Heavy T.O. featuring Megadeth, Rob Zombie, Motörhead, Opeth, Slayer Downsview Park, Toronto ON July 23-24
Published Jul 25, 2011One Canadian metal fest in July wasn't enough. After two successful renditions in Montreal, the "Heavy" branched off to Toronto as well this year, resulting in two simultaneous weekends of aggressive and loud live music in two different provinces. The band lineup in Downsview Park had lots of overlap with last summer's Heavy MTL, but that's not a bad thing.
The heat, lack of shade, preponderance of fried food and shortage of free water for most of the weekend meant that, for many fest-goers, surviving the full event was a feat of physical endurance. Shopping was limited to the official (and day-specific) merch booth and Jam Van, autograph lineups for high-profile artists seemed endless, and at one point, you couldn't seem to buy a soft drink anywhere. But the music motored on from early afternoon until late in the evening, barely pausing aside from a short hiccup (and delayed announcement) when the Sword couldn't make it across the border.
Predictably, early bands like Diamond Head (lively classic heavy metal groove), Exodus (feisty and antagonistic) and Death Angel (pure thrash magic) played to smaller crowds than they deserved. But slowly, as each day progressed, more and more fans pressed toward the stages, emanating heat and rowdy appreciation. Mid- to late afternoon was the time for breakdowns (more so Saturday), with thrash well represented across the schedule and a few curve balls thrown in to modulate the intensity. Most set lists featured the familiar, tried and true with few surprises, safe choices for a diverse a crowd.
After a solid but fairly static set by Children of Bodom on day one, Anthrax wound up the fans with airtight renditions of old classics like "Antisocial," also throwing in a John Bush-era track ("Only") and a new song. As the rain began to fall, Opeth wove their death-prog spell, fluctuating from quiet to brutal with some amusing stage banter in between (including some Joni Mitchell love). Switching gears into "rock'n'roll," the ever-ageless Motörhead possessed the crowd next with their hard-edged and reliable Brit charm, eventually handing things over to Megadeth to close the night.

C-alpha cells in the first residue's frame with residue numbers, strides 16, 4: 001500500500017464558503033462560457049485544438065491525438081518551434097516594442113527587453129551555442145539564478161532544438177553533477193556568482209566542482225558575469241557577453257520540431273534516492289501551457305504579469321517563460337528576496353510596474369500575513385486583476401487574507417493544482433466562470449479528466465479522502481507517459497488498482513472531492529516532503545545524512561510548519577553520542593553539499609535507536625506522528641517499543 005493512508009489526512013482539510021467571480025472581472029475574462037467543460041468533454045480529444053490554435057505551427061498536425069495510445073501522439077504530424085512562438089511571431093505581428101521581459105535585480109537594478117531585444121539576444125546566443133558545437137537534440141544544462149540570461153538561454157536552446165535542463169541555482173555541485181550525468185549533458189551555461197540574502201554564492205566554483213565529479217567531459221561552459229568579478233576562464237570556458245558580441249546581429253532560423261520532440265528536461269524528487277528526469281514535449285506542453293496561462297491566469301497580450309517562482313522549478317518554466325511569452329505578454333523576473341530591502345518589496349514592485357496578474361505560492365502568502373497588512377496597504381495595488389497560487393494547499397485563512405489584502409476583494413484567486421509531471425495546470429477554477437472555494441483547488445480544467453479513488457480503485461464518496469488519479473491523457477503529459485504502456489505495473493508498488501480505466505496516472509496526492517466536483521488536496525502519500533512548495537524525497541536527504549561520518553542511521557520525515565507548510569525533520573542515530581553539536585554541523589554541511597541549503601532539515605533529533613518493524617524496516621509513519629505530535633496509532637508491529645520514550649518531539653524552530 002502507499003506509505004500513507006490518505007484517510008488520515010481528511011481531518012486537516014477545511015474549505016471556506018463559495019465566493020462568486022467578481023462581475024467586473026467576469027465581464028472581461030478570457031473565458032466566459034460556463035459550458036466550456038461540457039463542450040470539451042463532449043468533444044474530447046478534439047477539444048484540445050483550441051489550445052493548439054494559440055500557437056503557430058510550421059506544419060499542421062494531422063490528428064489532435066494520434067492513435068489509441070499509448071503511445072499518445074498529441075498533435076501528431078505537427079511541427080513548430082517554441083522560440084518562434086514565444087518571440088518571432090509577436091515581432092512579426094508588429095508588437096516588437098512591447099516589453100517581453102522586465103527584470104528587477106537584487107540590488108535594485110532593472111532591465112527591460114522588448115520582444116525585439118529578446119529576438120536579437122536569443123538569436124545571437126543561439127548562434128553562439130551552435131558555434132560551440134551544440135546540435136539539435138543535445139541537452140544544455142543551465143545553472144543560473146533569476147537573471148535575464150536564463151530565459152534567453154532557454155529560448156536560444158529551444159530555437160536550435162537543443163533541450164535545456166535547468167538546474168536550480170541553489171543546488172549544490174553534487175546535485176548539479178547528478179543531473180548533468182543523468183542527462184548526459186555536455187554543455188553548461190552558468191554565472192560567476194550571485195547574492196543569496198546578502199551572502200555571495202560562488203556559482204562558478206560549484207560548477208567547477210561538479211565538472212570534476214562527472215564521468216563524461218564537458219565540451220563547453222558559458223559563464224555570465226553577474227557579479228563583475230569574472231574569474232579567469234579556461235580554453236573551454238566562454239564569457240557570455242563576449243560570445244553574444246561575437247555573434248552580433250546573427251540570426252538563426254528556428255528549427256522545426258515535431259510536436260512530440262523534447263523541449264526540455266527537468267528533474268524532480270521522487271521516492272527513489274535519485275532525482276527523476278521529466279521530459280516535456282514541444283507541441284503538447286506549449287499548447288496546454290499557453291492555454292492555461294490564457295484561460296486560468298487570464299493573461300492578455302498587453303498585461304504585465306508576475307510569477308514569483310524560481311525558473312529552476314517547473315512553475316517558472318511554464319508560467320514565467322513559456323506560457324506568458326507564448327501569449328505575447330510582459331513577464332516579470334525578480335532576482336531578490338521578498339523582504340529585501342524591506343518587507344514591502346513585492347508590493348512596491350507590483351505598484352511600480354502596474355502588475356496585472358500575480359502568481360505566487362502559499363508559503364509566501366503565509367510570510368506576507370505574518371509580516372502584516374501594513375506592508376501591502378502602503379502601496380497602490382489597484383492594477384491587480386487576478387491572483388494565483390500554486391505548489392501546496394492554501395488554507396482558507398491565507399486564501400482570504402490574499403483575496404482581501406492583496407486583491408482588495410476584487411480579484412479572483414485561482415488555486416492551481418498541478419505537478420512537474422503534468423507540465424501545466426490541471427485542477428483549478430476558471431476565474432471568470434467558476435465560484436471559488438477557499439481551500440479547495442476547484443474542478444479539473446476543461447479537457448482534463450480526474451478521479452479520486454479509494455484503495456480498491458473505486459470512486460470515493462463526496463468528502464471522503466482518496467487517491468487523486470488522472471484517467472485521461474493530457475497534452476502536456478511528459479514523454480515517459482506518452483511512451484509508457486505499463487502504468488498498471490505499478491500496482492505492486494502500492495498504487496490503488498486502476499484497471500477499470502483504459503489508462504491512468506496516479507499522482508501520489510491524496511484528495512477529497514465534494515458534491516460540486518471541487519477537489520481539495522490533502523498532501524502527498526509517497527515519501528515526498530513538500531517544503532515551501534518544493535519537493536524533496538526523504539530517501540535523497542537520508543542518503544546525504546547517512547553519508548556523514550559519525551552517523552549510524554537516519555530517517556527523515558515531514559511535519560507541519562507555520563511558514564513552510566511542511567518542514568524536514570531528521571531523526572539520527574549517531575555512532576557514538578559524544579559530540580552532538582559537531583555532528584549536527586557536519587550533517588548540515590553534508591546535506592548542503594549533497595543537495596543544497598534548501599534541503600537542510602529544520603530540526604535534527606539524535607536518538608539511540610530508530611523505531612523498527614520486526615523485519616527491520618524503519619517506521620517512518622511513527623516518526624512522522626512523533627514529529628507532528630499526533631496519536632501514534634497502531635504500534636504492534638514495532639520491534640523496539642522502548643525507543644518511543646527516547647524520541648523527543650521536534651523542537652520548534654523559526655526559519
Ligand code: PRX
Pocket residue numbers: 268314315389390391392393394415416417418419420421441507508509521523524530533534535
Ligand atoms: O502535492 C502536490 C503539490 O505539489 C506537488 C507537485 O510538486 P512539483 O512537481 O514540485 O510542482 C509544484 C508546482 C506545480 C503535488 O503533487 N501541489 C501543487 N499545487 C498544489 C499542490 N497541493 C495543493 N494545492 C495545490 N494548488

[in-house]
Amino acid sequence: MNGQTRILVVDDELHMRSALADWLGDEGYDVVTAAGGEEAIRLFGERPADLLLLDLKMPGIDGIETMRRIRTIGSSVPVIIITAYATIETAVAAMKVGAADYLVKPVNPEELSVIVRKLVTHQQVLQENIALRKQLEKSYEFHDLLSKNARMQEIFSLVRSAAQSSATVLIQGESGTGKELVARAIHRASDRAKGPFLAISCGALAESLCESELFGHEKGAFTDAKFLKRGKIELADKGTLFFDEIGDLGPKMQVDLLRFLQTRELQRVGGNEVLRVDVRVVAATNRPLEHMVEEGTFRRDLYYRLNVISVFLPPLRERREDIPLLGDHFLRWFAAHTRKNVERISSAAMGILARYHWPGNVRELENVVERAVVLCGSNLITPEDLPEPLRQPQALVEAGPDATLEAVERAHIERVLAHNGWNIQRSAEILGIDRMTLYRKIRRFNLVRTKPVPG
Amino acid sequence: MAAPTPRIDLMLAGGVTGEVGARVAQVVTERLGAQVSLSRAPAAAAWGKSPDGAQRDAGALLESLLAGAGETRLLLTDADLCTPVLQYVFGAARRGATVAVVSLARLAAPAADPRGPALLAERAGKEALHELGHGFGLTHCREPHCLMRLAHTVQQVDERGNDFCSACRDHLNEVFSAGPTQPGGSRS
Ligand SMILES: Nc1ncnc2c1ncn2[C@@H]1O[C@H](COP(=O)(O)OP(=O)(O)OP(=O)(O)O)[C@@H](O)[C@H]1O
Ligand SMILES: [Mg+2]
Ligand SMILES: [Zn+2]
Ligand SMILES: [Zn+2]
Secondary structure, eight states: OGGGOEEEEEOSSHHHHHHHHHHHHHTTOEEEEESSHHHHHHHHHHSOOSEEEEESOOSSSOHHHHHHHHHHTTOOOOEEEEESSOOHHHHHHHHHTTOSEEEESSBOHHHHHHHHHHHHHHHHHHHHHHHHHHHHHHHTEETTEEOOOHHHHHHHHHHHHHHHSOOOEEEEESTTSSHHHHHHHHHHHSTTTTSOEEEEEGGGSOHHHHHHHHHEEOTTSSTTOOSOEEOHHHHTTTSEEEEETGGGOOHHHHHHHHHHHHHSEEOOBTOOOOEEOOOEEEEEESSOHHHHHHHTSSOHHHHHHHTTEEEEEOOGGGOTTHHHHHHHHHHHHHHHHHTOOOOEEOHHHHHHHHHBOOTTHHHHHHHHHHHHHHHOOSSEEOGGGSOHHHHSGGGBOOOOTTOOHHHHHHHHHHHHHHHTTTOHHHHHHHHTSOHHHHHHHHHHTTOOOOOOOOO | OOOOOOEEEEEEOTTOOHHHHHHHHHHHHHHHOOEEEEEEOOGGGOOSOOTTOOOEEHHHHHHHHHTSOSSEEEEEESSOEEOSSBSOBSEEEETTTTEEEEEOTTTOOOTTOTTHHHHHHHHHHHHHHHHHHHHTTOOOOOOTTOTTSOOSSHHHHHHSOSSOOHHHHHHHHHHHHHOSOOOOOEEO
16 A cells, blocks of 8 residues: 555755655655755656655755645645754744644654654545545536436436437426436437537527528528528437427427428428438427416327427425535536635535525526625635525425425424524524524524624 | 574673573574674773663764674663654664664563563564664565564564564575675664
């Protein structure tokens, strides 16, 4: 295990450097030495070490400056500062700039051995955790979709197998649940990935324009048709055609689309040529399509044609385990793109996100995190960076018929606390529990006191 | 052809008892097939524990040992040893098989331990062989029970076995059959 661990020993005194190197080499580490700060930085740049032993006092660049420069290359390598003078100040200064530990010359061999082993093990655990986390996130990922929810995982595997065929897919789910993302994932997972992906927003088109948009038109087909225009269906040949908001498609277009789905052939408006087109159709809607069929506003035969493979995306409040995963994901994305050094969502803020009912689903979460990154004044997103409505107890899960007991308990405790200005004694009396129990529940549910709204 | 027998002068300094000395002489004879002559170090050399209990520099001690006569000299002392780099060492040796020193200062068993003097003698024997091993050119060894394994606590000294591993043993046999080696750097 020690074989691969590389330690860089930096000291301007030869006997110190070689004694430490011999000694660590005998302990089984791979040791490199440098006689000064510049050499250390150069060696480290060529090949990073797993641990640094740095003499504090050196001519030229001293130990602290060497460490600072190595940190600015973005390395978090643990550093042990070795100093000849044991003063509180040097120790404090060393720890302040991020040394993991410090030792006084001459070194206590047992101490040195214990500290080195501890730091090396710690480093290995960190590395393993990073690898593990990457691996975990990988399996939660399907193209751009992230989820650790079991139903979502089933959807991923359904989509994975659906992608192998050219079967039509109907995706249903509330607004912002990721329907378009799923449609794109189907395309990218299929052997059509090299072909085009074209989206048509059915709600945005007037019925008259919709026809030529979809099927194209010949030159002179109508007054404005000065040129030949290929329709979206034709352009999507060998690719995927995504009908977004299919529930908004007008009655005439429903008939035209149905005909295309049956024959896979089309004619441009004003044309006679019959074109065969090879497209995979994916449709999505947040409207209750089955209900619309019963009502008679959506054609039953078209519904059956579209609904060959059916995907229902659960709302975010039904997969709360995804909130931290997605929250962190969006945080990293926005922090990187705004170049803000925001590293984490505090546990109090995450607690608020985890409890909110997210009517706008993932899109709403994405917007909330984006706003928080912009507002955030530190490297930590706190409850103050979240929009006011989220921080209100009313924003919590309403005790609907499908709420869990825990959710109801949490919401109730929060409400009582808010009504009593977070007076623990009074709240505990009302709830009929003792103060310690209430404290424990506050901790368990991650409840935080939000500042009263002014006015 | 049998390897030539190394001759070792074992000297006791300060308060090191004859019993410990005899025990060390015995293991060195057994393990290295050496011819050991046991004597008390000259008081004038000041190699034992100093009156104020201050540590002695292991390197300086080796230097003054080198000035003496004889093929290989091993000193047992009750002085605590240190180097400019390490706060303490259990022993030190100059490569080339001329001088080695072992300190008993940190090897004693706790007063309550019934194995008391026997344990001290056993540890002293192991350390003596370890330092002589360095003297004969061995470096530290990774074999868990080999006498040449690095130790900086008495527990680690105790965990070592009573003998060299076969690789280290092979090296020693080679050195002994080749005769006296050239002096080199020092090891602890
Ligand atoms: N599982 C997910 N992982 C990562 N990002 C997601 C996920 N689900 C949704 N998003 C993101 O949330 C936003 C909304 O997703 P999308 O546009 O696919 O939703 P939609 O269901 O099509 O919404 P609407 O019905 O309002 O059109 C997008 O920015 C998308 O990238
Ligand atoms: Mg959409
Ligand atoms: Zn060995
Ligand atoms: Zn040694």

Serving as Saturday's headliners, Dave Mustaine and co. powered through a list of various hits from Peace Sells... to Endgame, plus a not-yet-released number. They sounded amazing as ever but almost seemed in a rush to get off the stage, keeping the talk to a minimum (barely breaking to show off a new gold record), going straight to the encore tracks without a pause, and finishing a half hour ahead of schedule.
Sunday was even better, starting early with killer thrash before veering into more generically diverse territory, beginning with Volbeat's dark rock'n'roll (and awkward stage exit). A pregnant Melissa Auf der Maur laid down heavier-than-ever renditions of her album tracks, plus a bewitching "Devil's Plaything" (Danzig cover). A delighted Anvil brought the '80s to life for a sea of hometown faces with their inimitable antics and classics like "Mothra" and "Metal on Metal" (and an excellent drum solo). Vintage thrash continued to sound amazingly fresh with Testament's career-spanning set list, and even more so with Slayer, who were as evil as ever, Gary Holt (Exodus) holding his own as fill-in for recovering guitarist Jeff Hanneman. In between, Mastodon's set moved from the poundingly heavy to captivatingly progressive, ending with climactic "Blood and Thunder."
During the post-Slayer beer rush, Billy Talent performed their loud radio hits with angst and attitude, taking the audience's indifference (and a little outright hostility) with good-natured grace. After this slight lull, Rob Zombie's multimedia spectacle was the perfect fest send-off: movie clips, lyric prompts, dancing robot monsters and Zombie the ultimate carnie hawker. Introduced by a string of Johnny Cash classics, the stage show was Zombie's usual fare, a set heavy on solo tracks but featuring the best-known White Zombie hits, plus an "Oh, Canada" diversion in the middle of "Thunderkiss 65" that guitarist John 5 played on his teeth.
All weekend glitches forgotten, this final hour-plus of high theatrics and crowd interaction captured an undiluted shot of the festive spirit running through the weekend, a celebration of the collective outdoor live music experience. Heavy, but not as heavy as metal can get.